Orioles to AL East: "Ahem"

Justin KlughCorrespondent IJuly 24, 2009

NEW YORK - MAY 21:  Aubrey Huff #17 of the Baltimore Orioles at bat against the New York Yankees on May 21, 2009 at Yankee Stadium in the Bronx borough of New York City.  (Photo by Nick Laham/Getty Images)

Playing in the AL East is like being trapped in a cage with a couple of lions.

The Rays managed to sneak by last year, but in most cases, every attempt at escape has led to botched hopes and another bloody stump for an arm.

No other team really faces this horrifying scenario, but with alarming consistency, the Yankees and Red Sox have snared the top spot and not even really noticed which of their other three division-mates were still alive.

Obviously, the Baltimore Orioles want to remedy this.

The first name that comes to mind when you think about Orioles’ playoff appearances in recent years isn’t even a baseball player, it's Jeff Meier, that mop-topped little guy that stole the home run out of Tony Tarrasco’s glove and then was celebrated by the entire city of New York for cheating at baseball on national television.

So, barring any other obnoxious children who don’t have the brain capacity to know you can’t touch the baseball when it’s in play, the Orioles are approaching a trade deadline that should see them taking some action.

They are a young team, or at least, they want to be, and the nucleus they have in mind will only be strengthened by the likes of Adam Jones, Nick Markakis, and the show-stopping pitching that’s on the way in the form of Chris Tillman and Brian Matusz.

Who’s out?

Aubrey Huff and Luke Scott are at the top of the list.

Huff’s in the middle of embarrassing himself statistically, compared to his topnotch stuff last year, but he’d be valuable somewhere that was in need of some kind of offensive production.

Scott’s numbers are better, the best of his career, in fact, and a place like San Francisco, a barren, base-hit desert, would be happy to welcome him into the fold.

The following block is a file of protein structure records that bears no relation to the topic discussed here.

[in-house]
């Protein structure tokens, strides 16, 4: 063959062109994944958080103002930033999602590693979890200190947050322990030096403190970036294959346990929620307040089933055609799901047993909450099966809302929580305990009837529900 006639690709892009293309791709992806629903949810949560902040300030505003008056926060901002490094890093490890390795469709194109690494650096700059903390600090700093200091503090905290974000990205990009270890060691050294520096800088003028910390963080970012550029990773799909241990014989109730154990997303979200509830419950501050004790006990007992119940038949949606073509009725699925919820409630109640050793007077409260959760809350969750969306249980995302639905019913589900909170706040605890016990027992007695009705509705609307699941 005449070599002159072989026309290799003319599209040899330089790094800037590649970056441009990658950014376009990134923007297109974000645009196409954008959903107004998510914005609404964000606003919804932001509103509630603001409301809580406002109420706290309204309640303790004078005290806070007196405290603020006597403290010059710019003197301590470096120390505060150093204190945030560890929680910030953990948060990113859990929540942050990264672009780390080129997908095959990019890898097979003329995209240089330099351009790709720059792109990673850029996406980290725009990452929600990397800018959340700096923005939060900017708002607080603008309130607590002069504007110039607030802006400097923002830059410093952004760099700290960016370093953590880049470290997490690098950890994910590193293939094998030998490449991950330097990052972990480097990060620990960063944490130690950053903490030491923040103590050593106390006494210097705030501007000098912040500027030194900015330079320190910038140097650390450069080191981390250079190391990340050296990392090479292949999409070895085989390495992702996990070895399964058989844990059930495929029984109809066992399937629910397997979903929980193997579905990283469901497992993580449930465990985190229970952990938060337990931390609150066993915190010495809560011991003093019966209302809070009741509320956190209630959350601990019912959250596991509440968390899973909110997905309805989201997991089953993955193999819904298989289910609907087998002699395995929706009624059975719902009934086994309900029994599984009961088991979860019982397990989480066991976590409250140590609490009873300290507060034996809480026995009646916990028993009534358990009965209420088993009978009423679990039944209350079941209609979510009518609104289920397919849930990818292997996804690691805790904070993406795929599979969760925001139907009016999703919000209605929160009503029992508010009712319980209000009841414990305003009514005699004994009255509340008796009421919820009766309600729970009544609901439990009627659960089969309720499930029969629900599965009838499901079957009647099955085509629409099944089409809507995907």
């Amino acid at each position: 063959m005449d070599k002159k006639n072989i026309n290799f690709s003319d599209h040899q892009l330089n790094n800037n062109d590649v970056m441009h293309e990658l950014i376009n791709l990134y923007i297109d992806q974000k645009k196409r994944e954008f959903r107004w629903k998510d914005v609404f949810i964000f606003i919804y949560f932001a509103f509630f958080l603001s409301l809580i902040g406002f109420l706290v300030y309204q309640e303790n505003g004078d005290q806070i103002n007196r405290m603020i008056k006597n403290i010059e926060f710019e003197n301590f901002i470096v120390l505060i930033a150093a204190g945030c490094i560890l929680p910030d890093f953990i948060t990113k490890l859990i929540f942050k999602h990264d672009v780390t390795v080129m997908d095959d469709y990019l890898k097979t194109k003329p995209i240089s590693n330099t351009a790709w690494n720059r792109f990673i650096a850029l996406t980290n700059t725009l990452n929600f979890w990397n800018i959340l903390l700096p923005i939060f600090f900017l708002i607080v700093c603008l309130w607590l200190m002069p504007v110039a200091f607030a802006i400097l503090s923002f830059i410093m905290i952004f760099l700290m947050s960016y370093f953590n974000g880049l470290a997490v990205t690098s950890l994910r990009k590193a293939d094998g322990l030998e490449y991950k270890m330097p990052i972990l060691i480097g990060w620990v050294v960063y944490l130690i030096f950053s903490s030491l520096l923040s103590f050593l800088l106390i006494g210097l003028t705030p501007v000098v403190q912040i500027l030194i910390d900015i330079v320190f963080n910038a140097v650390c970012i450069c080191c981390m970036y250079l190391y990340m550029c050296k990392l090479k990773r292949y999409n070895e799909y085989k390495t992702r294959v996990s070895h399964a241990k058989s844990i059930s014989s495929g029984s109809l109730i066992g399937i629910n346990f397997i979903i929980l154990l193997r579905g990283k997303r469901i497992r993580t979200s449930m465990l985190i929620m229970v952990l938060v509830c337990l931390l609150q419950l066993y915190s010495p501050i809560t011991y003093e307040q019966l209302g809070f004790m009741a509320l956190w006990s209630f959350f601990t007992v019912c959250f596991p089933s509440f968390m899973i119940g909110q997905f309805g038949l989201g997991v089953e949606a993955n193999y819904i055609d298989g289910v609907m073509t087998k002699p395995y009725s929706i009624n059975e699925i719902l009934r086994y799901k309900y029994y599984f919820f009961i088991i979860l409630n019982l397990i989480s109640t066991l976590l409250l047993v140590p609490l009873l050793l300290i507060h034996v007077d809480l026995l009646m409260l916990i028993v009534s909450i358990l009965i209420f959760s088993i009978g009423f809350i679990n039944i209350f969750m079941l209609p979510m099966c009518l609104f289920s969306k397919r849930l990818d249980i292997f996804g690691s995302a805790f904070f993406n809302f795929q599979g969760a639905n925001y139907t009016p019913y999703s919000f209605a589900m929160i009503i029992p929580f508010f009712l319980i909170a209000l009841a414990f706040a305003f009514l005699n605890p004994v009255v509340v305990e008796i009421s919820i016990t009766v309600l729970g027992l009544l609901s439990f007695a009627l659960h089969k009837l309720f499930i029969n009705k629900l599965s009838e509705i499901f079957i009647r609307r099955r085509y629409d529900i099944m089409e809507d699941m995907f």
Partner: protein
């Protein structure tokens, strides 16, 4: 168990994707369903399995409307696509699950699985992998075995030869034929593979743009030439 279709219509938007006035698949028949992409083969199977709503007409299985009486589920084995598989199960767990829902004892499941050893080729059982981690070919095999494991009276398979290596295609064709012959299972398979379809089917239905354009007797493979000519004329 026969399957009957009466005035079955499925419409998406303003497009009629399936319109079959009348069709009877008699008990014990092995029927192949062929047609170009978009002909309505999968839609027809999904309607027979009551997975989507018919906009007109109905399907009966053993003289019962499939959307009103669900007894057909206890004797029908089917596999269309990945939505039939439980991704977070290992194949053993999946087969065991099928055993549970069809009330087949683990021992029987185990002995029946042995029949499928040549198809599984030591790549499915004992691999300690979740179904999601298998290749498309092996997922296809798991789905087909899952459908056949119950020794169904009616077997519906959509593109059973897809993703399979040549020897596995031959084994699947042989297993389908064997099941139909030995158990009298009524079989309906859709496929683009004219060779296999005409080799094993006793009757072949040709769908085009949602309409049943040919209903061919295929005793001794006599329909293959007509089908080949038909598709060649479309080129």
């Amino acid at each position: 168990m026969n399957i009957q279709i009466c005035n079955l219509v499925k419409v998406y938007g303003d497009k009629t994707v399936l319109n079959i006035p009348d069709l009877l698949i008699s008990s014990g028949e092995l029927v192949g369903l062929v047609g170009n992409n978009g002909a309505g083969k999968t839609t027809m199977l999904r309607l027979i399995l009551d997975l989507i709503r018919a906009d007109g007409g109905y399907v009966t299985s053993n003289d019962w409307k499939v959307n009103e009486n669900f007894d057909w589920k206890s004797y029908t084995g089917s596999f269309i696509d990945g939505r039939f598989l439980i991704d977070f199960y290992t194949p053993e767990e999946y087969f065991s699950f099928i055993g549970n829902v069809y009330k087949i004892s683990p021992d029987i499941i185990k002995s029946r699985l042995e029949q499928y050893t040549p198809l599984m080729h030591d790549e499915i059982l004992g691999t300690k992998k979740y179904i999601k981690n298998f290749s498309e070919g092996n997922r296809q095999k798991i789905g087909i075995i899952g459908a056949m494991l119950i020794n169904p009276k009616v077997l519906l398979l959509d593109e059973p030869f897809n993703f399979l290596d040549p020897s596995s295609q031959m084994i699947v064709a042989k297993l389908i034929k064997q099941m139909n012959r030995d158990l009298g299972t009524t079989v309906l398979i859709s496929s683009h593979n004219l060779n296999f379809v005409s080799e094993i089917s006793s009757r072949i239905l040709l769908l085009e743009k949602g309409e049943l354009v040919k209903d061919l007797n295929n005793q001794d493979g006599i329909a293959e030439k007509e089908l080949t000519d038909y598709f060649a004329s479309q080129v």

If he’s seeing the ball that well, the Orioles may want to tighten their grip on him, rather than set him free.

The issue with Huff is that the fans love the guy, and they love that he wants to stay in Baltimore even more.

The team just needs to remember that if he goes, somebody needs to stand next to first base when they’re on the field.

Any prospects?

Well, you’ve got this Brandon Snyder. His offense seems to be worth taking a gander at. It’s just a matter of how strongly the club wants to trust Huff’s annual second half burst.

George Sherill is a hot closing commodity, and the fact that pretty much everybody wants a piece of him will only help.

This gives the O’s a chance to shop around for a good fit for their club, rather than hustling some elder statesman out the door for whatever mediocre bench players or prospects somebody’s got hidden in the equipment shed.

Melvin Mora’s time is up in 2010, and lagging behind offensively this year isn’t making him any more appealing.

There’s no question he’d want to be paid for the subtraction of his, “no-trade” clause.

Ty Wigginton’s name is being tossed around, but with Huff and Mora on the chopping block, the O’s will need someone to play in the infield.

Danys Baez, a guy whose name is always mentioned in trade talks with the Orioles, probably has a plane ticket booked out of town already.

Universally pegged as “sellers” this year, the Orioles aren’t afraid to turn their roster into a fire sale, save Brian Roberts, their terrific young outfield, and some aforementioned up-and-coming pitching prospects.

Once they’ve cleaned house, who will they be after? Corner infielders, most likely.

Some starting pitching is evidently required, if Jason Berken and Rich Hill maintain their struggles, and if they can move Sherrill as easily as they’d like, a closer will become more than necessary.

If the pieces fall right, and a playoff run seems feasible in coming years, they’ll probably be hiring a guy to stand at the right field wall with a taser, giving sinister glances to any preteens who venture too close.

The trade “deadline” isn’t the biggest threat the O’s will be facing in their future.

This is another step in a process to make people remember that there are teams in the AL East that aren’t the Yanks or Sox, didn’t go to the WS last year, or employ Roy Halladay.

The plan to turn Baltimore into a squad of young phenoms bent on taking the league by storm is nifty. So, the returns they want to see will probably fit an age requirement, meaning a dump truck of minor leaguers being plunked off in front of Camden Yards.

If the current outfield is any indication, the O’s sure will be fun to watch, and it will be especially gratifying to see shades of orange still playing ball through October in a few years.

Or, maybe some 12-year-old, Yankees fan will run onto the field, steal all the bases, and be given a key to the city.

Anything is possible in baseball, apparently.